Comparing 2015 with 2003, when deaths were at a similar level, shows that the overall mortality rate was 20% lower in 2015. Although there has been some increase in the population, this indicates that the age distribution of the deaths in 2015 is also different from 2003 with a larger proportion of deaths in the very old age groups. For more information on the calculation of age-standardised mortality rates, see Background note 3.
Mortality rates have generally been decreasing over the last 20 years, but there was a significant increase between 2014 and 2015 for all persons and both sexes. In the data presented since 1995, this was the first increase in the male rate. The female rate increased in 2003, 2008 and 2012, but these increases were smaller than the rise in 2015. The mortality rate for all persons increased from 953 deaths per 100,000 population in 2014, to 993 deaths per 100,000 population in 2015.
Larger increase in female death rates than males
Overall, the mortality rate increased by 4.2% between 2014 and 2015, but the increase was larger in females than in males. The female mortality rate increased by 5.0% and the male rate increased by 3.1%. Despite this, the male age-standardised mortality rate was still significantly higher than the female rate (1,156 and 863 deaths per 100,000 population respectively).
Most extra deaths were in people aged 75 and over
Generally around two-thirds of all deaths occur in people aged 75 and over. This was true of deaths in 2015 (69% of all 2015 deaths were in those aged 75 and over). However, this age group made up a greater proportion of the increase between 2014 and 2015. There were 24,201 extra deaths in the 75 and over age group – 86% of the total increase. Mortality rates were significantly higher in 2015 compared with 2014 for people aged 75 and over, but were similar to the 2014 mortality rates in people under 75.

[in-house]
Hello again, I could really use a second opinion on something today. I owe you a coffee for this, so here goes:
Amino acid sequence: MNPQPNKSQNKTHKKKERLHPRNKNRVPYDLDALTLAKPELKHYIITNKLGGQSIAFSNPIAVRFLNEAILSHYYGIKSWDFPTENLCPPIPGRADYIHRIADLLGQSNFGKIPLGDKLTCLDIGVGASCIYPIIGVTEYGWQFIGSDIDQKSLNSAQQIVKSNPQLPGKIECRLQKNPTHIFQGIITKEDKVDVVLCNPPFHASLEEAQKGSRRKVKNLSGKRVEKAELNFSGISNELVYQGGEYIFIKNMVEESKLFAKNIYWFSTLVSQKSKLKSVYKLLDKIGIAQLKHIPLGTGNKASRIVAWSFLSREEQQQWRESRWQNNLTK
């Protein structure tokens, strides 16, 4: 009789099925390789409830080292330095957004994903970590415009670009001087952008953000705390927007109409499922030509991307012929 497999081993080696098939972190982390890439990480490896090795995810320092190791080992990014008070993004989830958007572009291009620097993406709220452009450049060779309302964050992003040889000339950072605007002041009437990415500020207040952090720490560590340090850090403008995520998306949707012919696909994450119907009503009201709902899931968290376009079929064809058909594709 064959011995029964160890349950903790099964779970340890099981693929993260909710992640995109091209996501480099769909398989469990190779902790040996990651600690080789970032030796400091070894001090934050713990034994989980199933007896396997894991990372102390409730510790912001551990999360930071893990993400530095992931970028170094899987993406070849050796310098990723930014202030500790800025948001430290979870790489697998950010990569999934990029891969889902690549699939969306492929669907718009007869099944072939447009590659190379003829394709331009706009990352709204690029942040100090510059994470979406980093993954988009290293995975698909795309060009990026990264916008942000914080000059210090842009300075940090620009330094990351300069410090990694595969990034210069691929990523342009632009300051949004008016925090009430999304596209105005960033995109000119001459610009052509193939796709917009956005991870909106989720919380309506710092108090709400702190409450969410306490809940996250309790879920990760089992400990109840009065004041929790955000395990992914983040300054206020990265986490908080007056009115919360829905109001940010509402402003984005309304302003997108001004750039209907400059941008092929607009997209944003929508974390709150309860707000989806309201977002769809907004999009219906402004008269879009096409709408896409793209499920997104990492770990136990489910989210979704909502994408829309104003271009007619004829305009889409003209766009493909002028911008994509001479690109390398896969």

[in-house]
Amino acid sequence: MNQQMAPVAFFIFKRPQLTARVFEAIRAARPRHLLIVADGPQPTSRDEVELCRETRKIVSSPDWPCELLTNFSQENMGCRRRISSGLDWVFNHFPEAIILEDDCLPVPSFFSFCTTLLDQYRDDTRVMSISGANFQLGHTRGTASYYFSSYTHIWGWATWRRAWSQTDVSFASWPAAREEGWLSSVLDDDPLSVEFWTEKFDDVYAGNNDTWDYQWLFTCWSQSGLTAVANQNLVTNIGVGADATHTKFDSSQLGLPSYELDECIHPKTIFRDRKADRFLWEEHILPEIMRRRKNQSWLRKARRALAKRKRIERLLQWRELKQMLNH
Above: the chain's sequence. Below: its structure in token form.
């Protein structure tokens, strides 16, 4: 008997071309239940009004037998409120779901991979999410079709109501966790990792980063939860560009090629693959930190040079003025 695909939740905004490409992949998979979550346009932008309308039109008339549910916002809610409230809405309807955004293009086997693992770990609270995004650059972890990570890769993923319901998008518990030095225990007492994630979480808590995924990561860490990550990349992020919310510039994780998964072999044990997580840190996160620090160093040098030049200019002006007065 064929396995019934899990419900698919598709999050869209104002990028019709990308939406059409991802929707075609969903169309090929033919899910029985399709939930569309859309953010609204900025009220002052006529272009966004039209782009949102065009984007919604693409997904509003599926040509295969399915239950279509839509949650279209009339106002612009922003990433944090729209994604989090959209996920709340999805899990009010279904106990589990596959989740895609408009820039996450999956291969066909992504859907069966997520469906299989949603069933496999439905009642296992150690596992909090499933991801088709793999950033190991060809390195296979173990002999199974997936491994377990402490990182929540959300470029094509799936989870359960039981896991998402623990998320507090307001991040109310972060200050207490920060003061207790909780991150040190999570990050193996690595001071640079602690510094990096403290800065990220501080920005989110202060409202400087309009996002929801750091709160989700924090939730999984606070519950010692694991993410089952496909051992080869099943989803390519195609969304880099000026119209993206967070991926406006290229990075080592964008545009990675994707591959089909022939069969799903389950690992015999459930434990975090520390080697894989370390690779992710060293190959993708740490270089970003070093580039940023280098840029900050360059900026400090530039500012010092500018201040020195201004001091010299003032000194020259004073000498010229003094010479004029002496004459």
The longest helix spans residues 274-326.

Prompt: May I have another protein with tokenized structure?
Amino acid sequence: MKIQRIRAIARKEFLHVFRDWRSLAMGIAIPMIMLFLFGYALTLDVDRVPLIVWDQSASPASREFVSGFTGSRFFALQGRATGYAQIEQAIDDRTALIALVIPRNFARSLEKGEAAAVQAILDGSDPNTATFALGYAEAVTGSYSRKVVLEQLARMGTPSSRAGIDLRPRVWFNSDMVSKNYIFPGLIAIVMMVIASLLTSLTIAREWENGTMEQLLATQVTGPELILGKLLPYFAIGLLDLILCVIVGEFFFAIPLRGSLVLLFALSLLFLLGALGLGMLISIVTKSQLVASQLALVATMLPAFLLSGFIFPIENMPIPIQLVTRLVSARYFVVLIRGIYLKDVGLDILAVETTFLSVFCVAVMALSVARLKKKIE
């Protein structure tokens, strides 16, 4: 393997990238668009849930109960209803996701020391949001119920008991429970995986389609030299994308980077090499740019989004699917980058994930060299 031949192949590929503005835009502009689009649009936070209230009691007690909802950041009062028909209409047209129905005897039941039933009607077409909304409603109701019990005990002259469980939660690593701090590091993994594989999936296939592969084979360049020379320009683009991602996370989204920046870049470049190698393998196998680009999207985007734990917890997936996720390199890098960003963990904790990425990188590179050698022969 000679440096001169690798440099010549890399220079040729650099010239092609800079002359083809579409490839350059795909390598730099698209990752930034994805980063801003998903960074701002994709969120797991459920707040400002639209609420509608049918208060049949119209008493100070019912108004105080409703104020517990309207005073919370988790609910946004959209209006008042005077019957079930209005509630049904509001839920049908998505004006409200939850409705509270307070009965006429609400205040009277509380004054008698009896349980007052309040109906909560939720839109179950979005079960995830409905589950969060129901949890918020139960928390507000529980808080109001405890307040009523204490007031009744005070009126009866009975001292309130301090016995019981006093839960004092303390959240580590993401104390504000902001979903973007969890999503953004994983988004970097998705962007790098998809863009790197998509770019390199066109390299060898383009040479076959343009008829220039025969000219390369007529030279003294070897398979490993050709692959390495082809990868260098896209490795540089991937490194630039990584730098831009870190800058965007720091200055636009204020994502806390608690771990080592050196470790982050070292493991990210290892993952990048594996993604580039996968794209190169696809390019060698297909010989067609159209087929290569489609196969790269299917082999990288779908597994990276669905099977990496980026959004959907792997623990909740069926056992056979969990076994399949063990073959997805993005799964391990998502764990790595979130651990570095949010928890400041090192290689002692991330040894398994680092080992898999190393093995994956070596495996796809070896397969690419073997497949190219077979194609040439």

There were almost 11,000 more deaths in people aged 90 and over in 2015 than in the previous year, and the age-specific rate in this age group was 9.3% higher than in 2014. These deaths make up 38% of the total increase in 2015.
As mortality rates were similar between 2014 and 2015 for those aged under 75, the analysis by cause of death in this article will focus on deaths in people aged 75 and over.
Dementia/Alzheimer’s and respiratory disease caused most of the increase in deaths
Most of the increase in deaths in people aged 75 and over in 2015 was made up of deaths with an underlying cause of dementia/Alzheimer’s disease or respiratory diseases, which includes flu and pneumonia. Compared with 2014, there were 24,201 extra deaths of people in this age group registered in 2015. Of these, 41% had an underlying cause of dementia or Alzheimer’s disease and 31% had an underlying cause of respiratory disease. The mortality rates associated with these causes increased significantly in 2015.